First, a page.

• JLA Vol:26 Iss:1 (Performance enhancement of aluminum infrared laser welding by preconditioning with nanosecond laser pulses)


    Authors:
    Philipp von Witzendorff
    Anas Moalem
    Uwe Stute
    Ludger Overmeyer
    Laser Zentrum Hannover e.V., Hollerithallee 8, 30419 Hannover, Germany


    We condition the welding zone of the aluminum surface with nanosecond laser pulses prior to welding with infrared laser radiation to increase the process efficiency and weld quality. The high reflectivity of aluminum for infrared laser radiation (95% at 1064 nm) leads to poor process efficiency of aluminum laser welding processes. To increase the workpiece's absorptivity, the welding zone is conditioned with nanosecond laser pulses at a wavelength of 532 nm. The samples are nonalloy, 0.5 mm thick alum...

    $25.00

  • JLA Vol:15 Iss:4 (Laser–material interaction and process sensing in underwater Nd:yttrium–aluminum–garnet laser welding)


    Authors:
    Xudong Zhang
    Wuzhu Chen
    Department of Mechanical Engineering, Tsinghua University, Beijing 100084, China

    Eiji Ashida
    Fukuhisa Matsuda
    Tarasaki R&D Center, JAPEIC, Hitachinaka, Ibaraki 312-0003, Japan


    Laser–material interaction and process sensing technology for local-dry underwater Nd:yttrium–aluminum–garnet laser beam welding were studied. The optical emissions induced by laser–water interaction were detected with an infrared (IR) optical sensor and observed with a charge coupled device camera. It was found that under laser irradiation, a kind of water–vapor plasma formed immediately above the ...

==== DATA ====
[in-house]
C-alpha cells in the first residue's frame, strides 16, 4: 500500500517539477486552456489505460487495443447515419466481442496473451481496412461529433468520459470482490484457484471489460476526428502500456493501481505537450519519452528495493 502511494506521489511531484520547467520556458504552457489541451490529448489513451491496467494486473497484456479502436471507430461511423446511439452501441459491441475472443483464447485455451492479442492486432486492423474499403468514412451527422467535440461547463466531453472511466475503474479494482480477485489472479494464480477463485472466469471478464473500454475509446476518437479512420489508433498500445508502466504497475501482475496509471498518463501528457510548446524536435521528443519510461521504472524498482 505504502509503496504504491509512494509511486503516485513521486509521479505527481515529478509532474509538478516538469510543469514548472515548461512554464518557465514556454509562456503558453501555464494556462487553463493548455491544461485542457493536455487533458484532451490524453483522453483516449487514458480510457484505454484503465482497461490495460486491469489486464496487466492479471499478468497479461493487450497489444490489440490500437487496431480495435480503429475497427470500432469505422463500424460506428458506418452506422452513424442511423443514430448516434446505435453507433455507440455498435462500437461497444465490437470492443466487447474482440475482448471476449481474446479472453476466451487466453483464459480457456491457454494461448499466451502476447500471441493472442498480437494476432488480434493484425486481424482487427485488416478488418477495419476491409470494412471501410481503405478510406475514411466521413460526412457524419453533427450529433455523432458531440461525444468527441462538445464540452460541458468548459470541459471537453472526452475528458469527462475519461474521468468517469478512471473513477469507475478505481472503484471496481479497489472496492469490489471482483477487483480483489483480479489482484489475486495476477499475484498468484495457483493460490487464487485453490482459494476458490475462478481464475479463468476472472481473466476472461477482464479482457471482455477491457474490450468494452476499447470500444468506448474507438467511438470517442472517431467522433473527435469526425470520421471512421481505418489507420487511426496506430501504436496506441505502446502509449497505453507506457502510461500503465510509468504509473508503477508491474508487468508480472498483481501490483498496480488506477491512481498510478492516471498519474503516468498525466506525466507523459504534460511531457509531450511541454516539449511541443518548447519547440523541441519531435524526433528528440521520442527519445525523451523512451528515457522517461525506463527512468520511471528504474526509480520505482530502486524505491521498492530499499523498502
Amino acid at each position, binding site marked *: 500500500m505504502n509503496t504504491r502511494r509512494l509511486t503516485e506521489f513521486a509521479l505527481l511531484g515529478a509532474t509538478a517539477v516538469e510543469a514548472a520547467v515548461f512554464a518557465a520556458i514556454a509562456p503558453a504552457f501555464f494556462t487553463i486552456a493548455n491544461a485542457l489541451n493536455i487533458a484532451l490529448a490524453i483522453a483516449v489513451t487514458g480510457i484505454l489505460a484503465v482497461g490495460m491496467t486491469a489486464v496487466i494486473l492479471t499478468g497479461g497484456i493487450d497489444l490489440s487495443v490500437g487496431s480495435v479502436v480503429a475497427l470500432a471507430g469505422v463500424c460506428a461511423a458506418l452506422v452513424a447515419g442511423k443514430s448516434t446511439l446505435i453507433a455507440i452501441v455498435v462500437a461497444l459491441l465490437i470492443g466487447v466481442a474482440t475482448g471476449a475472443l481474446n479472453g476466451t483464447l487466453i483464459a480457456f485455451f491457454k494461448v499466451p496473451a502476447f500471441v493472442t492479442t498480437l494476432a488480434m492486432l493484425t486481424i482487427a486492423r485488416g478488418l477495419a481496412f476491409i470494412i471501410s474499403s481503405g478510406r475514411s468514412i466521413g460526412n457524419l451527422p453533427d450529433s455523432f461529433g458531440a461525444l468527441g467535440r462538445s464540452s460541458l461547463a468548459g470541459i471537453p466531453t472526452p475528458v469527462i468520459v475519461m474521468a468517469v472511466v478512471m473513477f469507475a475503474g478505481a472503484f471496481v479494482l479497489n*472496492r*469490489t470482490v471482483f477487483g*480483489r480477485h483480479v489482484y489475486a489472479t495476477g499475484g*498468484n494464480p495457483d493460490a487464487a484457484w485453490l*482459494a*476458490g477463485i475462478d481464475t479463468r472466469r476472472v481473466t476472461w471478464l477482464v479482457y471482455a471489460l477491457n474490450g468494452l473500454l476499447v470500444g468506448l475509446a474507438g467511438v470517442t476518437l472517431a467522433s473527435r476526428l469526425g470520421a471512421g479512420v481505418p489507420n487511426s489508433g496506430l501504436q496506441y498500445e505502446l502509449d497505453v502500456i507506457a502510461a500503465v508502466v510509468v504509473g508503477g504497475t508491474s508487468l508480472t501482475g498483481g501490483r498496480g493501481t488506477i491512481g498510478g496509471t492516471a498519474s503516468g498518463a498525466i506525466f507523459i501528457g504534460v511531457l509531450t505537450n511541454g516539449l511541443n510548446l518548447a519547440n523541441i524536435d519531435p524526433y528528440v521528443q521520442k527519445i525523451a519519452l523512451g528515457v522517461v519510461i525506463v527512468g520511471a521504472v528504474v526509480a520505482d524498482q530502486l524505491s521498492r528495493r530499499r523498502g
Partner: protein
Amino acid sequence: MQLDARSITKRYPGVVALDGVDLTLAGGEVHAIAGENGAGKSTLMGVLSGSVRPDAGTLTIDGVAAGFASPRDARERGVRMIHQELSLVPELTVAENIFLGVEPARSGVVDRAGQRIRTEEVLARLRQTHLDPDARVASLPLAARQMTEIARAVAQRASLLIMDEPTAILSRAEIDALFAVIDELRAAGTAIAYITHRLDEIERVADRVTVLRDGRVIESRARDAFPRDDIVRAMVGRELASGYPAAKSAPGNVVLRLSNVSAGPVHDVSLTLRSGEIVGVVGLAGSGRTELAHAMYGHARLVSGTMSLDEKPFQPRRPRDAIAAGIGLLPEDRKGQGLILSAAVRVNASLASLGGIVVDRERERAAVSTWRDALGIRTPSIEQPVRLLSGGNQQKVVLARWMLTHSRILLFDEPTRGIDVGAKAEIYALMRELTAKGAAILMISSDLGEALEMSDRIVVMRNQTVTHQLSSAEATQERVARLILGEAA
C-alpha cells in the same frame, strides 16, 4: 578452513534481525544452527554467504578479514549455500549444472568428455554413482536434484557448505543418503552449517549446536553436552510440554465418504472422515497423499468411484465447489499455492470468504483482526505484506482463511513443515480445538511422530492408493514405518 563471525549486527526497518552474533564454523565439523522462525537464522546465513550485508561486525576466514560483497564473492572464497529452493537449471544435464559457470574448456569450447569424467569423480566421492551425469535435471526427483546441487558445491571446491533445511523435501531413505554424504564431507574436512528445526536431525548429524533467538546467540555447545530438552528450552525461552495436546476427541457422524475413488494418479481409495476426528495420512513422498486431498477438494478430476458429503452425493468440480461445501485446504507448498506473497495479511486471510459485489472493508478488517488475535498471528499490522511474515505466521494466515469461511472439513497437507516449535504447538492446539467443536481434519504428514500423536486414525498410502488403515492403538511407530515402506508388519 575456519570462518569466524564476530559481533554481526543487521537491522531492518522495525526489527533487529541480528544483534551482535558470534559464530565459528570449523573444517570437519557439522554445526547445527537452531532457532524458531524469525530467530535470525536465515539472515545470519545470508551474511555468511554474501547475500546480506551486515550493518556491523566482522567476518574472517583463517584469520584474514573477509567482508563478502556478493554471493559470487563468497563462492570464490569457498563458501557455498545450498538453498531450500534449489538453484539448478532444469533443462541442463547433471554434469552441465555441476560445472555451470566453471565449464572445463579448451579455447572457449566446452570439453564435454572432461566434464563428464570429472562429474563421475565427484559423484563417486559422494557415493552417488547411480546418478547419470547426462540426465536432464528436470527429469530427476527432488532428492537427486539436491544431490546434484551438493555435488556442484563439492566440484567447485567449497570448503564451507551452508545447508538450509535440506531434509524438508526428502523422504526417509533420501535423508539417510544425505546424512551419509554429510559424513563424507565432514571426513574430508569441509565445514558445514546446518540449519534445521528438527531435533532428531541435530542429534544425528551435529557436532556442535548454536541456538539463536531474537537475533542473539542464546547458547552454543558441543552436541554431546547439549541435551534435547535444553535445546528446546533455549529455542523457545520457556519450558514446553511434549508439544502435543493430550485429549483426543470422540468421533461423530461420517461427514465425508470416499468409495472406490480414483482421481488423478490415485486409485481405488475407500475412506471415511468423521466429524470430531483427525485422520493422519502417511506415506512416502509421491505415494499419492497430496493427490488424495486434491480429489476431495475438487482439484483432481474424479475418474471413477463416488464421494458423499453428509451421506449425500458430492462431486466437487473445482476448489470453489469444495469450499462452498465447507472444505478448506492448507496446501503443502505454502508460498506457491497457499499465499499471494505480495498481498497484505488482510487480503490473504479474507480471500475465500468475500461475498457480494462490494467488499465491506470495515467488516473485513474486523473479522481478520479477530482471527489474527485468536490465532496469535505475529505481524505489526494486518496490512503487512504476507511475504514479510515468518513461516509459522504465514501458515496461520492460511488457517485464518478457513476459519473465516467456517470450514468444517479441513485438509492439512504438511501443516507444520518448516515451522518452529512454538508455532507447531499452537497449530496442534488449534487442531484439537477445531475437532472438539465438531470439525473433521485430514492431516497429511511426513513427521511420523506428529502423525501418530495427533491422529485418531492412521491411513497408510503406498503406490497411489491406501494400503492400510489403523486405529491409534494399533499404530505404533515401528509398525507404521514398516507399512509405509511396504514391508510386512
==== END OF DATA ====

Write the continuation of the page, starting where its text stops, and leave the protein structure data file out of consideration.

$25.00

  • JLA Vol:20 Iss:1 (Practical and theoretical investigations into inert gas cutting of 304 stainless steel using a high brightness fiber laser)


    Authors:
    Martin Sparkes
    Markus Gross
    Steven Celotto
    Tao Zhang
    William O’Neill
    Centre for Industrial Photonics, Institute for Manufacturing, Department of Engineering, University of Cambridge, Cambridge, CB2 1RX, United Kingdom


    A 2.2 kW fiber laser was used in a series of inert cutting trials on stainless steels of section thicknesses in the range of 6–10 mm. Variations in the cutting performance with changing gas pressure, focal position, and nozzle diameter were investigated. Results showed the difficulties associated in cutting with high brightness lasers, specifically in obtaining full melt eject through narr...

    $25.00

  • JLA Vol:24 Iss:4 (Cellular reactions toward nanostructured silicon surfaces created by laser ablation)


    Authors:
    K. Wallat
    Institute of Inorganic Chemistry and Center for Nanointegration Duisburg-Essen (CeNIDE), University of Duisburg-Essen, Universitaetsstr. 5-7, 45117 Essen, Germany

    D. Do¨rr
    R. Le Harzic
    F. Stracke
    D. Sauer
    Fraunhofer Institute for Biomedical Engineering (IBMT) and Chair for Molecular and Cellular Biotechnology (University of Saarbruecken), Ensheimer Str. 48, 66386 St. Ingbert, Germany

    M. Neumeier
    A. Kovtun
    Institute of Inorganic Chemistry and Center for Nanointegration Duisburg-Essen (CeNIDE), University of Duisburg-Essen, Universitaetsstr. 5-7, 45117 Essen, Germany

    H. Zimm...

    $25.00

  • JLA Vol:4 Iss:3 (Recommendations for Safe and Appropriate Use of Lasers in Dentistry in Face of Rising Concerns)


    Authors:
    Leo J. Miserendino
    Elliot Abt
    David Harris
    Harvey Wigdor
    The Chicago Dental Laser Institute


    $25.00